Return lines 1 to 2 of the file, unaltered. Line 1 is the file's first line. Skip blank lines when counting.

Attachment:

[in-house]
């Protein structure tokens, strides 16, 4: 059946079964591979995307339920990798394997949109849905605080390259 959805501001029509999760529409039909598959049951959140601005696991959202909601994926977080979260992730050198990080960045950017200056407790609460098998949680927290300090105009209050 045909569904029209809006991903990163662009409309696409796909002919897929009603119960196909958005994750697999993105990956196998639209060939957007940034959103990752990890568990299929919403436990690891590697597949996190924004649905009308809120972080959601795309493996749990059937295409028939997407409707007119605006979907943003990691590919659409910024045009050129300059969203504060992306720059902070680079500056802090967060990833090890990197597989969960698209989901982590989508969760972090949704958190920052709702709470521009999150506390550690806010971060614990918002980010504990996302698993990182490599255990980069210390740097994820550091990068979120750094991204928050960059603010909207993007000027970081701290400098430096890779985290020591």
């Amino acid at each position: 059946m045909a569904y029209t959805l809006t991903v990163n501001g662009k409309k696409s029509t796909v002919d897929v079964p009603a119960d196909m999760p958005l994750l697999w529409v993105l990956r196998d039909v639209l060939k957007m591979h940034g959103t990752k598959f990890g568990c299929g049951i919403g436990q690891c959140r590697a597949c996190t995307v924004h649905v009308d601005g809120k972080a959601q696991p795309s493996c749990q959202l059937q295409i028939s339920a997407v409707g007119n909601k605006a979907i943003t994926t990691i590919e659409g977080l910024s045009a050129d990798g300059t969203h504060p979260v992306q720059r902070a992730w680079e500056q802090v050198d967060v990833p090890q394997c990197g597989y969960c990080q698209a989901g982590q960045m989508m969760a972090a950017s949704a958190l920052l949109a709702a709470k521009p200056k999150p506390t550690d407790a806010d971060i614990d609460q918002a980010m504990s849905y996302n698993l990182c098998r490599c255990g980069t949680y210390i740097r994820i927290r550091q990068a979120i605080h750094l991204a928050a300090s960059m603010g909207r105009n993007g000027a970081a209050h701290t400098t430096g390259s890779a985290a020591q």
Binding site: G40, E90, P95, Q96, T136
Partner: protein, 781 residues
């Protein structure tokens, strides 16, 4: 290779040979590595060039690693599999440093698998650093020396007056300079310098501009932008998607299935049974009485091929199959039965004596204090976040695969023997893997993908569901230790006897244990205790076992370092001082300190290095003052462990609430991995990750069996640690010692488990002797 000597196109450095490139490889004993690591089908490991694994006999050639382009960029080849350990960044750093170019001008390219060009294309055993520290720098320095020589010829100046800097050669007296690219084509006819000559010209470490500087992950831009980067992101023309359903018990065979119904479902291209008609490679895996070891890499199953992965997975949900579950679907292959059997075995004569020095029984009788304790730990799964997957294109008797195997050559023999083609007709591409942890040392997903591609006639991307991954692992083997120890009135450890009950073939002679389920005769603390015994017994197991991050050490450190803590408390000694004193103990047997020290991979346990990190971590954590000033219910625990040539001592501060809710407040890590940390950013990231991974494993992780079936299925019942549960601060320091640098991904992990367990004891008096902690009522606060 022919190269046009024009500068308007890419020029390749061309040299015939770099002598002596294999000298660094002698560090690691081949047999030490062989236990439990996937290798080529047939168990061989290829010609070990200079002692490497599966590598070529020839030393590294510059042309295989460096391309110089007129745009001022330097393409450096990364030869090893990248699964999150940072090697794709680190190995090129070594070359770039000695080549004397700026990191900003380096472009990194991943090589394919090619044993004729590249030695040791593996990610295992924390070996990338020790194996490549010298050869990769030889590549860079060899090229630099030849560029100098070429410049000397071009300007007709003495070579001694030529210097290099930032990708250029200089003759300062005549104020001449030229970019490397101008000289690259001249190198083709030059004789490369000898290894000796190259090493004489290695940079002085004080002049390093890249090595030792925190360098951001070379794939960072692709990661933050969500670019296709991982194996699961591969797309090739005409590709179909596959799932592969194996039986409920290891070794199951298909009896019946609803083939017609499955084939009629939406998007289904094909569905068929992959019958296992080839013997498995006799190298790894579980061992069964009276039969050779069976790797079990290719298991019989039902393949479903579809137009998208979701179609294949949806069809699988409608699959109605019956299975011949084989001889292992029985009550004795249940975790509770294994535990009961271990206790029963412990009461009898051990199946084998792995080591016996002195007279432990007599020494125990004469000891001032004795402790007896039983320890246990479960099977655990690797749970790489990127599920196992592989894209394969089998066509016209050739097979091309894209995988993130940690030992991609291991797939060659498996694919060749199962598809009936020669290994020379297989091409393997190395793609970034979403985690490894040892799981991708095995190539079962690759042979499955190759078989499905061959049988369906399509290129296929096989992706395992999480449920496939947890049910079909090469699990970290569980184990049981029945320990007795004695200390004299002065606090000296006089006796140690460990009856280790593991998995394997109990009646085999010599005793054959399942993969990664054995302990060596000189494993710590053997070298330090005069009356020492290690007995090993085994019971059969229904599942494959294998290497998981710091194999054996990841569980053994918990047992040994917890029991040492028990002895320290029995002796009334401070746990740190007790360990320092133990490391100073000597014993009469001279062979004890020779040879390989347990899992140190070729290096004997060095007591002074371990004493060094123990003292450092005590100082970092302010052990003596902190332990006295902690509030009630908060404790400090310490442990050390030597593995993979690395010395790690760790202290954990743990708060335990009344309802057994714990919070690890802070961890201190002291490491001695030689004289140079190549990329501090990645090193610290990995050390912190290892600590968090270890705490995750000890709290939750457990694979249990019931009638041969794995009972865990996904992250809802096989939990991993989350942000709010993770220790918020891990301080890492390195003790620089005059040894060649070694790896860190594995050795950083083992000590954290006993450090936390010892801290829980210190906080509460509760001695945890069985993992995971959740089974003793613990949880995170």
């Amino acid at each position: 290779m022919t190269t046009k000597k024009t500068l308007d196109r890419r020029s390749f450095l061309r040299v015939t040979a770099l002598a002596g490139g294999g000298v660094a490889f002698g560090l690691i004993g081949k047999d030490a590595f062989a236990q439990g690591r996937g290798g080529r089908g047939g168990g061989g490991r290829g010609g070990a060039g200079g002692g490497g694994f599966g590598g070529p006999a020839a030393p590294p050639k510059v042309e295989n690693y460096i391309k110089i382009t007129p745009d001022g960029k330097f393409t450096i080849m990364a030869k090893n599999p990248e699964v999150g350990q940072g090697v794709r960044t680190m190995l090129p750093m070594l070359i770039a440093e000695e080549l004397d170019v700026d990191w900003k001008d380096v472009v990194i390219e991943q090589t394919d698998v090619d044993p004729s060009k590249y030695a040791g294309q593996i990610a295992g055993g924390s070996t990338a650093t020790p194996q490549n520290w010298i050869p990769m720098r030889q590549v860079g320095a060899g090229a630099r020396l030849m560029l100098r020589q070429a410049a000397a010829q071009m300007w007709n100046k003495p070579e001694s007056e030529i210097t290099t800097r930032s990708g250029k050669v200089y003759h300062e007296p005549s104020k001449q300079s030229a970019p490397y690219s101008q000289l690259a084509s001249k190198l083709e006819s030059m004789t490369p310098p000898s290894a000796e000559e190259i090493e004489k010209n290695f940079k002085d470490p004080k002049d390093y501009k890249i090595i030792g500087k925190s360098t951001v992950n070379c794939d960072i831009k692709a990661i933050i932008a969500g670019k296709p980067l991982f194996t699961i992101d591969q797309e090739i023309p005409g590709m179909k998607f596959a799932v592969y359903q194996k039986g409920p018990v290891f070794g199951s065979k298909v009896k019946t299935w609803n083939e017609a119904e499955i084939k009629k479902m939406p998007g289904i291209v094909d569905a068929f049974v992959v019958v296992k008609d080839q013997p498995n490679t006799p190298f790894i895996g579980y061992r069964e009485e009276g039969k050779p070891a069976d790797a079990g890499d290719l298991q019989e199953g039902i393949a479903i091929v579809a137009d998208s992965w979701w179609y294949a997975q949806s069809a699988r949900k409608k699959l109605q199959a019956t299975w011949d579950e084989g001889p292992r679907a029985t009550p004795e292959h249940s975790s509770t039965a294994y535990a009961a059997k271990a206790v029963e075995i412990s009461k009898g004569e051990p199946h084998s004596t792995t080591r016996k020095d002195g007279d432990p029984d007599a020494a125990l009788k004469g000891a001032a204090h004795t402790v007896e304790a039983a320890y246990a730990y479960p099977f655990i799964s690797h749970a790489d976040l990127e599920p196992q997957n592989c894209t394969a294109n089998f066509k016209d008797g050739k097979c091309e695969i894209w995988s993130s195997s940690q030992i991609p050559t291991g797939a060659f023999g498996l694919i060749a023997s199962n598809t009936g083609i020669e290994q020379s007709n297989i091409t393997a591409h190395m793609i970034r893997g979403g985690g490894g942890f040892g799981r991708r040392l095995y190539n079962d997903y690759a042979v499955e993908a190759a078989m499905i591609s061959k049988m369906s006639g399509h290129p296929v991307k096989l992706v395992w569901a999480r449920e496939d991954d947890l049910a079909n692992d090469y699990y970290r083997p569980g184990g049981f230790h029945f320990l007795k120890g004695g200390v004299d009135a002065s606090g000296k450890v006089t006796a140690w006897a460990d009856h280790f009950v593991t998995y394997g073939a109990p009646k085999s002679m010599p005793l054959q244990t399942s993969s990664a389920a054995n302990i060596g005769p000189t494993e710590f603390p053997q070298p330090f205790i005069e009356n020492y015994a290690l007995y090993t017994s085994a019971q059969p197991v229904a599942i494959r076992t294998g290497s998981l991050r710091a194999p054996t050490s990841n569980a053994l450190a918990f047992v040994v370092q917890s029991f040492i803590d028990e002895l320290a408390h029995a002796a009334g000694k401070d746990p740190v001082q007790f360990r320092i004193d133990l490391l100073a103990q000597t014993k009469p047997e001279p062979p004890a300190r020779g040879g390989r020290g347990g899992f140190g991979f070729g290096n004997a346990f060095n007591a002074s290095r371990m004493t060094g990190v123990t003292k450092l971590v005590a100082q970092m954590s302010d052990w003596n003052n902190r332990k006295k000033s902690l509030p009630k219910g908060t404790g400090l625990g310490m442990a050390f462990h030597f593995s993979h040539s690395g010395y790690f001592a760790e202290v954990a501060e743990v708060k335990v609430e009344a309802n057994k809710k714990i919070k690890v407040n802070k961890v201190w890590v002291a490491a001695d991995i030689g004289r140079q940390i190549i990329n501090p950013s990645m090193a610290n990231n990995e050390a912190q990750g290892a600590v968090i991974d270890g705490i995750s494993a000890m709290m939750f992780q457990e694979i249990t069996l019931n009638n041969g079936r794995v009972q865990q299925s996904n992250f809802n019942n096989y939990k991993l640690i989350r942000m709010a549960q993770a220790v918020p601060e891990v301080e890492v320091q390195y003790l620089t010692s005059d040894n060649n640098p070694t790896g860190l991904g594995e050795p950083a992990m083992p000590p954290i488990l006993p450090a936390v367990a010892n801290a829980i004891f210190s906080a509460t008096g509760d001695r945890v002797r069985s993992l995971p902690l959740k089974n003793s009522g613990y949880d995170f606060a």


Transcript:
[in-house]
């Protein structure tokens, strides 16, 4: 059946079964591979995307339920990798394997949109849905605080390259 959805501001029509999760529409039909598959049951959140601005696991959202909601994926977080979260992730050198990080960045950017200056407790609460098998949680927290300090105009209050 045909569904029209809006991903990163662009409309696409796909002919897929009603119960196909958005994750697999993105990956196998639209060939957007940034959103990752990890568990299929919403436990690891590697597949996190924004649905009308809120972080959601795309493996749990059937295409028939997407409707007119605006979907943003990691590919659409910024045009050129300059969203504060992306720059902070680079500056802090967060990833090890990197597989969960698209989901982590989508969760972090949704958190920052709702709470521009999150506390550690806010971060614990918002980010504990996302698993990182490599255990980069210390740097994820550091990068979120750094991204928050960059603010909207993007000027970081701290400098430096890779985290020591």